From their perspective, it was too close to the planned Baker Street station, and frankly, with the mainline terminus in seemingly terminal decline, an underground station at the busier shopping and residential area of Great Portland Street seemed the more sensible location.

There is one of the great what-ifs of history. Would the tube station have saved the mainline railway terminus? Almost certainly not. It was barely functioning by the late 1850s, and its doom seemed certain.

The Regent’s Park Station finally closed its doors on the 1st April 1857 — twenty years to the day after it opened.

The station buildings were torn down, and the land sold to the Crown Estate Paving Commission which manages the built environment around Regent’s Park. The large gravel square outside the station, which had been used for waiting carriages was turned into one of London’s largest private gardens, the Park Square West.

The station building prior to demolition

Although nothing remains above ground of the old station, hints of its existence can be seen.

The edge of the railway station site is still marked by a long straight pathway, with the avenue of tress, the Broad Walk, marks the central section between the two sets of platform tunnels where there was enough depth left for trees to be planted.

Also, what is erroneously known as the Nursemaid’s Tunnel still exists, linking the garden with the old station. It’s occasionally open for public tours, often during Open Garden Squares Weekend.

The abandoned underground station served some utility after it closed though, as it proved a useful location for construction materials and spoil to be removed from the Bakerloo line when it was being constructed in the early 1900s. The Bakerloo line runs under one corner of the old railway terminus, so a deep shaft was dug down to the tube tunnels for construction access.

The shaft remains, as part of the Bakerloo line ventilation system, although it apparently simply recycles air from within the empty vaults of the railway station above.

Although the station was now closed, the line from Coventry to London remained open as it was taken over by its erstwhile rival, the Euston line, and for them it was a convenient back-up. The post-war decline of cargo traffic though saw the line fall into disuse, and it was finally closed as part of the Beeching cuts of the 1960s.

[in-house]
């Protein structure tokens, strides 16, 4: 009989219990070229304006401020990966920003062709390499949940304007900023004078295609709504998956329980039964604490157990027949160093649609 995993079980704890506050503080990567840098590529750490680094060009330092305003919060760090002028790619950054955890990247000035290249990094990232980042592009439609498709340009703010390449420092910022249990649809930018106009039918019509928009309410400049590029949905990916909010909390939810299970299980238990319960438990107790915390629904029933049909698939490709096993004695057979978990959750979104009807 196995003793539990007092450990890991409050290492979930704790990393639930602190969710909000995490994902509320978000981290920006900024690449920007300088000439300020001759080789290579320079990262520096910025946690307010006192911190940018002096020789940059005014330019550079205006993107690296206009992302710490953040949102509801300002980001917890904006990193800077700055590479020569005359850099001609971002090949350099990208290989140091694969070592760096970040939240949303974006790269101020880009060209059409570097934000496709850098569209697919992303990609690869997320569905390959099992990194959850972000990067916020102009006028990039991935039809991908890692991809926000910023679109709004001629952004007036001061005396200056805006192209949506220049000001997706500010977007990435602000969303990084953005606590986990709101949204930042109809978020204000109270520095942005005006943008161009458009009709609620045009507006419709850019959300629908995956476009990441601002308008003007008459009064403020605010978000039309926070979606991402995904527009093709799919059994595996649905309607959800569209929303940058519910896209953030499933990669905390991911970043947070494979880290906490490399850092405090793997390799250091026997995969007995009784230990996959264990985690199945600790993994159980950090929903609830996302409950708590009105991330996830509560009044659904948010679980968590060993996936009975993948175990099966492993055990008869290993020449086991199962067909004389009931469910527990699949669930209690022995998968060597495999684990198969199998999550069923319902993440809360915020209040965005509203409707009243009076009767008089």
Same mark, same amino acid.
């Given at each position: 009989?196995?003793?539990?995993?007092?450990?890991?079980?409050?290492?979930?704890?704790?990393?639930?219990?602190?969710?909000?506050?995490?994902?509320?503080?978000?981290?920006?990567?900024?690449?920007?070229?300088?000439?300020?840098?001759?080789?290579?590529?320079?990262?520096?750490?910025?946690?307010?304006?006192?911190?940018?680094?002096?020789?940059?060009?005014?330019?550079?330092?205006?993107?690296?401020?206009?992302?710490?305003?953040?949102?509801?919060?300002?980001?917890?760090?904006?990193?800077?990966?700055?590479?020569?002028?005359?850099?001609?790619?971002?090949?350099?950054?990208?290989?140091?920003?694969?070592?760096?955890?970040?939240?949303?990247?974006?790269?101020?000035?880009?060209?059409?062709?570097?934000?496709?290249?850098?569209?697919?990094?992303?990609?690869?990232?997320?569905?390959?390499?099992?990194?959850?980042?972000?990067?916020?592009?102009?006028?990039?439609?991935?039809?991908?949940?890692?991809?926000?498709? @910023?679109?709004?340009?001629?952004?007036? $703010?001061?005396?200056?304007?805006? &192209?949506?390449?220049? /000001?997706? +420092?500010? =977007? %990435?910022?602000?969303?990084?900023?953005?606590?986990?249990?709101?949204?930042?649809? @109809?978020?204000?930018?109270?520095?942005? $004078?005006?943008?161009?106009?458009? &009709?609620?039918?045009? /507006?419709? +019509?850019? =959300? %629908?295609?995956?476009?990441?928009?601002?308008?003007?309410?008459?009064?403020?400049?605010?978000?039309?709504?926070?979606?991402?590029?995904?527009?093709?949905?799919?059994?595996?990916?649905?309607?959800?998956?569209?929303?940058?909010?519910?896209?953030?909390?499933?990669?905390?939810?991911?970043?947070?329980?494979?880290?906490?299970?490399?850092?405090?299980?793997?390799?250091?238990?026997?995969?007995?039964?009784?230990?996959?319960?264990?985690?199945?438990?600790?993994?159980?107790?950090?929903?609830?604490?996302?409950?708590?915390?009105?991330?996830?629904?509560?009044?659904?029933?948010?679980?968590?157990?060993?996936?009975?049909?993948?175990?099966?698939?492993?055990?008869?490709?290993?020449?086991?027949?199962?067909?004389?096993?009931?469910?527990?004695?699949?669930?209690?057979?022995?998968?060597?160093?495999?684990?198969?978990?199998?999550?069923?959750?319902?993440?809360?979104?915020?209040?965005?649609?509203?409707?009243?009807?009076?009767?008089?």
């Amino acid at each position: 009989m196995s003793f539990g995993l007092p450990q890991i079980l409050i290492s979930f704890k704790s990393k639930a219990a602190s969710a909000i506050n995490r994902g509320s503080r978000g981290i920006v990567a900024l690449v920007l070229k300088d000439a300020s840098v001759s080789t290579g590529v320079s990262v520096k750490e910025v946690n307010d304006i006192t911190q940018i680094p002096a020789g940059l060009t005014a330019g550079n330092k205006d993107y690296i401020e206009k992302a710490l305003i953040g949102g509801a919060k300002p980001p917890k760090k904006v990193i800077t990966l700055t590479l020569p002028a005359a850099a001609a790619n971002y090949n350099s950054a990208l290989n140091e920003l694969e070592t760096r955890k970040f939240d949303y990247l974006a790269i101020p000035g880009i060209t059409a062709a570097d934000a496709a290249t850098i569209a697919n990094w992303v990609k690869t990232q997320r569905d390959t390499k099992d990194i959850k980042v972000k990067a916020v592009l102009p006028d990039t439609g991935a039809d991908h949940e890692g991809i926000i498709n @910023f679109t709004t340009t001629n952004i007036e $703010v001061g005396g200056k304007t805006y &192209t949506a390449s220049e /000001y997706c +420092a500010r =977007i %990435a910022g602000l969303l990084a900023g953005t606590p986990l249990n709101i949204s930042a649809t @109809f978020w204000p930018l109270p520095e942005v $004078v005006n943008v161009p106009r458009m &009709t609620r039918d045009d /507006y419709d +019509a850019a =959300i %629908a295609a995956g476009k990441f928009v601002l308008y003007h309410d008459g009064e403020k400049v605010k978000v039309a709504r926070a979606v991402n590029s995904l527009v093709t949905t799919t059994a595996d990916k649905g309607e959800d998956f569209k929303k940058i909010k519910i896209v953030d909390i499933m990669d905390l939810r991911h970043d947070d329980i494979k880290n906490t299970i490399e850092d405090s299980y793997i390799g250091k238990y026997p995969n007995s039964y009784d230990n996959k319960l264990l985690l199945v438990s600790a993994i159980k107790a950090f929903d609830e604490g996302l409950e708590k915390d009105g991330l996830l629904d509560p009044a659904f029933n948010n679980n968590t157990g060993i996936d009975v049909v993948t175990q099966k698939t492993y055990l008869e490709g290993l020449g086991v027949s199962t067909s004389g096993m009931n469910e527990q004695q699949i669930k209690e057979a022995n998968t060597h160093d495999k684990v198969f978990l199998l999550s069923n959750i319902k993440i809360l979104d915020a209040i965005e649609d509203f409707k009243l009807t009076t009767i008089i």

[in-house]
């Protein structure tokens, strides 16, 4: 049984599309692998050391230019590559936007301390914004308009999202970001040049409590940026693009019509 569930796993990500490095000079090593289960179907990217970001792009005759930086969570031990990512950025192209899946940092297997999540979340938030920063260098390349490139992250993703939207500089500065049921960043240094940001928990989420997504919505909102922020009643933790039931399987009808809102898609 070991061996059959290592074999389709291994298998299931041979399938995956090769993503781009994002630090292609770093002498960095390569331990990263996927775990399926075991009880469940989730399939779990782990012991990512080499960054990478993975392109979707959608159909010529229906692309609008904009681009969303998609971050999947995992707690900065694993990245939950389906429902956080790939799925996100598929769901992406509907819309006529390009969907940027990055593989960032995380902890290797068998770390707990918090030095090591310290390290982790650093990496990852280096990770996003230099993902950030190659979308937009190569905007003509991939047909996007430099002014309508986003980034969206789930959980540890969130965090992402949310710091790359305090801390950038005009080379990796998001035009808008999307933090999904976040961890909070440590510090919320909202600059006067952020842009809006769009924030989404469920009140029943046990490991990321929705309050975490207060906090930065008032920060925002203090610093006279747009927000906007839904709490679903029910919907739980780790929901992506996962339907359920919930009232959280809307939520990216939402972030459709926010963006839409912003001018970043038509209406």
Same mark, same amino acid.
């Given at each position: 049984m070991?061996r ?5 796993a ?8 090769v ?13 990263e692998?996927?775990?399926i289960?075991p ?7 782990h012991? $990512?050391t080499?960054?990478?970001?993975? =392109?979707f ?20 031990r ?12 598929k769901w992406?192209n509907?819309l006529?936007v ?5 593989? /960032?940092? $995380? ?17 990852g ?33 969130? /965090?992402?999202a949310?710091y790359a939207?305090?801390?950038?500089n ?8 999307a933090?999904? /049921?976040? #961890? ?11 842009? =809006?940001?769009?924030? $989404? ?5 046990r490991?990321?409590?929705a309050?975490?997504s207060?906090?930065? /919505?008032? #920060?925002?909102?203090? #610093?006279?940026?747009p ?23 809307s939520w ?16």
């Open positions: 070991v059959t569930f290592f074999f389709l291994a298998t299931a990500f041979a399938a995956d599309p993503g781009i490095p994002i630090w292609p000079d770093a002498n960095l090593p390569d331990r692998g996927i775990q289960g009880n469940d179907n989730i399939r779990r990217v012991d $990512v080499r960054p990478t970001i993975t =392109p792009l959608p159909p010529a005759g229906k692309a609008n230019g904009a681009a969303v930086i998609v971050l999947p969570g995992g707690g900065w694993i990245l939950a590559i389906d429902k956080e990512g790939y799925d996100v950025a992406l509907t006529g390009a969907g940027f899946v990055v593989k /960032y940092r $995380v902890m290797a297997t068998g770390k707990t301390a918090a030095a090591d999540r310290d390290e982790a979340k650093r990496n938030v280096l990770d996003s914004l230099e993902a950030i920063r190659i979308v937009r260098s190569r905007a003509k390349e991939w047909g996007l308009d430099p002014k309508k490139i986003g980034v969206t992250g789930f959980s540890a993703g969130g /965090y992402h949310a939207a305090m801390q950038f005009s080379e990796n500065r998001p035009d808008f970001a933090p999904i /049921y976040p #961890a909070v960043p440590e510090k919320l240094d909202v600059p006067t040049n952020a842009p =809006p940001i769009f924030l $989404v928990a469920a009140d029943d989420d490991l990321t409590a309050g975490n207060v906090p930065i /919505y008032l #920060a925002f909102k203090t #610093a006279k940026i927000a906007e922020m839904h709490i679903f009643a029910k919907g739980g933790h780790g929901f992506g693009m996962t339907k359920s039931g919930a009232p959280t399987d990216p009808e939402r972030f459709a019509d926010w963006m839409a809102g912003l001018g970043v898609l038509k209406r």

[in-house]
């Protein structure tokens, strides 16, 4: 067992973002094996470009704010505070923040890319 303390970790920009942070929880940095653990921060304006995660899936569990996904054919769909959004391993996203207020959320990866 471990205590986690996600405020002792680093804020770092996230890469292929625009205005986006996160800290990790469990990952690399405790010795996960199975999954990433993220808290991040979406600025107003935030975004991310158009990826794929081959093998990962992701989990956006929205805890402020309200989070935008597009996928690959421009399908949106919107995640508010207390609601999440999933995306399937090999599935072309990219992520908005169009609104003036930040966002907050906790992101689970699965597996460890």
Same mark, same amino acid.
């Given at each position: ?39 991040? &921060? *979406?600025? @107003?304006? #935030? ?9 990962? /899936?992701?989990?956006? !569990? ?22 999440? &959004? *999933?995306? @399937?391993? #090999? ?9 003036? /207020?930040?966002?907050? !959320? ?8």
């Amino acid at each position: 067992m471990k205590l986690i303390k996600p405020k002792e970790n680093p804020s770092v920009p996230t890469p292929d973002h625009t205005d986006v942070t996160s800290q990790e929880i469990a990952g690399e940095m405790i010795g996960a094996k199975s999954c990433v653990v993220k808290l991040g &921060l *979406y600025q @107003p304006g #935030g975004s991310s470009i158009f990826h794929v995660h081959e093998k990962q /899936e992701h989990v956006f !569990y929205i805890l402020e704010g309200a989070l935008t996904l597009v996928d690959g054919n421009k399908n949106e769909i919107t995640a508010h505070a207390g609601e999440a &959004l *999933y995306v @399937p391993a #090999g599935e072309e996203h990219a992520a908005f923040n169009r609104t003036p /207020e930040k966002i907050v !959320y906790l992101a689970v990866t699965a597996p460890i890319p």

One of the odder developments in it’s history is how many bombs hit the old railway station, even though on maps it was shown as being a park. It’s speculated that the Germans suspected that the old station would have been brought back in to use by the government, even though it was pretty much useless by then.

It’s likely that the station might have been used for storage, but as it was quite shallow, a direct hit would have gone right through the brick roof and destroyed anything within. It’s use would have probably been limited to just basic warehousing, not secure storage as at some deep level tunnels.

The station even showed up as an active line on the famous maps drawn up by the Soviet Union in case they invaded the UK.

Apart from those oddities, it seems that this foolish venture to compete with the other railways was to remain a little known remnant of London’s railway history. Overlooked, forgotten, of no interest to anyone.

It got a very rude awakening in 1987 though, when disaster struck as the park’s boating lake burst through into the abandoned station and flooded it.

This lead to the incredible sight of the Regent’s Park lake being totally empty for several months while the hole was plugged with concrete and the lake later refilled.

The drained Regent’s Park lake

The southern section of the park is noted for being more verdant than the north, and this is thought to be due to the waterlogged state of the station below following the 1987 flood.

More recently, there were suggestions (section 3.2.8) that the old railway tunnels and the remains of the station could be reused for the HS2 terminus in London rather than rebuilding Euston station.

However, the old station is not really suitable anymore for modern use, so there are plans to back fill the entire site, probably from the rubble left over from the HS2 development.